A Fed official draws parallels between Wells Fargo’s ongoing fake-accounts scandal, while a top Democrat accuses the bank of dodging congressional inquiries
The Wells Fargo fake-accounts scandal just won’t go away, with a Fed official saying Tuesday that the scandal has a lot of similarities to the subprime mortgage crisis and a top Democrat accusing the bank of dodging congressional inquiries.
The scandal broke last year when it was revealed that Wells Fargo employees, under constant pressure to perform, had opened 2 million unauthorized customer accounts. The scandal resulted in congressional hearings, the ouster of CEO James Stumpf, and a broad conversation about the place of sales incentives in the banking industry.
It’s sales incentives that worry the president of the Federal Reserve Bank of New York, according to a HousingWire report. In a speech in London, New York Fed President William Dudley said that Wells Fargo’s intense, sales-driven culture reminded him of the culture that shaped the days before the subprime mortgage meltdown.
“As I have argued before, incentives shape behavior, and behavior drives culture,” Dudley said. “If you want a culture that will support your long-term business strategy, you need to align incentives with the behaviors that will sustain your business over the long haul.”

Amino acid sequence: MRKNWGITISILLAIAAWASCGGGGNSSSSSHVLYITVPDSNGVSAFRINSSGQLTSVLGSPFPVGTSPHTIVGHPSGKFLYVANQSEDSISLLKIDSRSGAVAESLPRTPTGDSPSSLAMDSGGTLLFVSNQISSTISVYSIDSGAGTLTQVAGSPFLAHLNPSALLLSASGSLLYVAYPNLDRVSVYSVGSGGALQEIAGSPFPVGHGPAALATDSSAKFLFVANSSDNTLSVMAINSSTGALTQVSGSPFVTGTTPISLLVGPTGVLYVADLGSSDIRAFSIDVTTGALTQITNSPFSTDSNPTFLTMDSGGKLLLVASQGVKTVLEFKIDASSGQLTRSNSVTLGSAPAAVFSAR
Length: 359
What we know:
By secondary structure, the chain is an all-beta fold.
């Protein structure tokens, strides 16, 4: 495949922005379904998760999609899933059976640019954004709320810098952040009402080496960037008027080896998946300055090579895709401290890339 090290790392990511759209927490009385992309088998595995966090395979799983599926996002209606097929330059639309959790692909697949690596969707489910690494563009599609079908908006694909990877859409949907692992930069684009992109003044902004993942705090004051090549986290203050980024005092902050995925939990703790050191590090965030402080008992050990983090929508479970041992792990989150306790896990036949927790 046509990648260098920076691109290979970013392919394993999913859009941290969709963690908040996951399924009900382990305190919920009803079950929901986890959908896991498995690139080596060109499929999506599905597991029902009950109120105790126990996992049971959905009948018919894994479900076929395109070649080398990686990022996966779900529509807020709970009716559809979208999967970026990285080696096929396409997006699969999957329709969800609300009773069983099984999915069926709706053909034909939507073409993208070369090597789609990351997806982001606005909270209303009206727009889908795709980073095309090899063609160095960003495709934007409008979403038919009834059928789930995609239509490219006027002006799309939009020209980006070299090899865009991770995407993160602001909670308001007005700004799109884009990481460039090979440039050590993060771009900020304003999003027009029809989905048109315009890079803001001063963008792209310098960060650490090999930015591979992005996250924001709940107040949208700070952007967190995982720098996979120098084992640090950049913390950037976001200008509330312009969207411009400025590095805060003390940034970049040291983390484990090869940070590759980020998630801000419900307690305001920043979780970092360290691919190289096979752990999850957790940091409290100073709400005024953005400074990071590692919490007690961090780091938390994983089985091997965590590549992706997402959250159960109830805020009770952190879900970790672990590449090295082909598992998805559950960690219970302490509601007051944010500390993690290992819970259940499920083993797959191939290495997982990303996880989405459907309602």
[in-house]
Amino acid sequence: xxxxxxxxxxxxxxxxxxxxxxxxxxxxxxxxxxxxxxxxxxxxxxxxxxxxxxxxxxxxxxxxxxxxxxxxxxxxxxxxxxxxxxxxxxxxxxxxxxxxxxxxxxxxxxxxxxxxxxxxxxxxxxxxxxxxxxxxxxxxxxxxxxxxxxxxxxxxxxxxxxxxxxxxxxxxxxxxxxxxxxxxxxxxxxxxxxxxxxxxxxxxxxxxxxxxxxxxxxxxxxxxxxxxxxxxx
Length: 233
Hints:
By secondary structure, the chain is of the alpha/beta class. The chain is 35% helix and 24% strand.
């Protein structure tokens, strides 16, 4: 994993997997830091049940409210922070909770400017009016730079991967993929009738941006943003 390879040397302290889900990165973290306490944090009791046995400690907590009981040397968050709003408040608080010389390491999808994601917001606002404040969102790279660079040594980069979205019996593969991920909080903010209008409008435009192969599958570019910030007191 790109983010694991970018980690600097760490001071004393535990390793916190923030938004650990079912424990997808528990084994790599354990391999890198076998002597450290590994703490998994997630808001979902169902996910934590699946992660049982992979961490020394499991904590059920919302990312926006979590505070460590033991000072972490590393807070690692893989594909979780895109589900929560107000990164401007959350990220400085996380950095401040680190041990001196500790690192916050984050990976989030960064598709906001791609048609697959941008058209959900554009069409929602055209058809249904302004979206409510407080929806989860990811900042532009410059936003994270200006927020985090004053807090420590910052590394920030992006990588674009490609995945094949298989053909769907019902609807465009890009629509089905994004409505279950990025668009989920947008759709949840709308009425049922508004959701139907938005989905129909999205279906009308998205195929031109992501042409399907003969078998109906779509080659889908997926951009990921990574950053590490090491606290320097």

“But, the culture of every bank should share a common theme: stewardship—a word that implies professional care, exercised year after year for the benefit of the firm and its stakeholders,” Dudley said. “A commitment to the long term must be at the core of banking. Incentives within a firm should support that goal, not undermine it.”
Dudley said that “bad incentives were a key contributing factor in the financial crisis” of 2008, comparing Wells Fargo’s incentive plans to pre-2008 incentives for “mortgage brokers, who were paid based on the volume of loans they generated, not their quality.”
Meanwhile, Rep. Maxine Waters (D-Calif.), the ranking member of the House Financial Services Committee, has accused the bank of dodging additional congressional inquiries about the scandal.
In a letter to Wells Fargo CEO Tim Sloan, Waters pointed out that Sloan and other executives had given “unrecorded interviews” to Republican staff for the committee in December, but have yet to comply with Democrats’ repeated requests for the same.
“If this is indicative of how Wells Fargo responds to its customers, I can understand why so many of them are upset with their treatment,” Waters wrote.
Wells Fargo’s scandal hasn’t touched its mortgage business
Government blocks severance pay for former Wells Fargo employees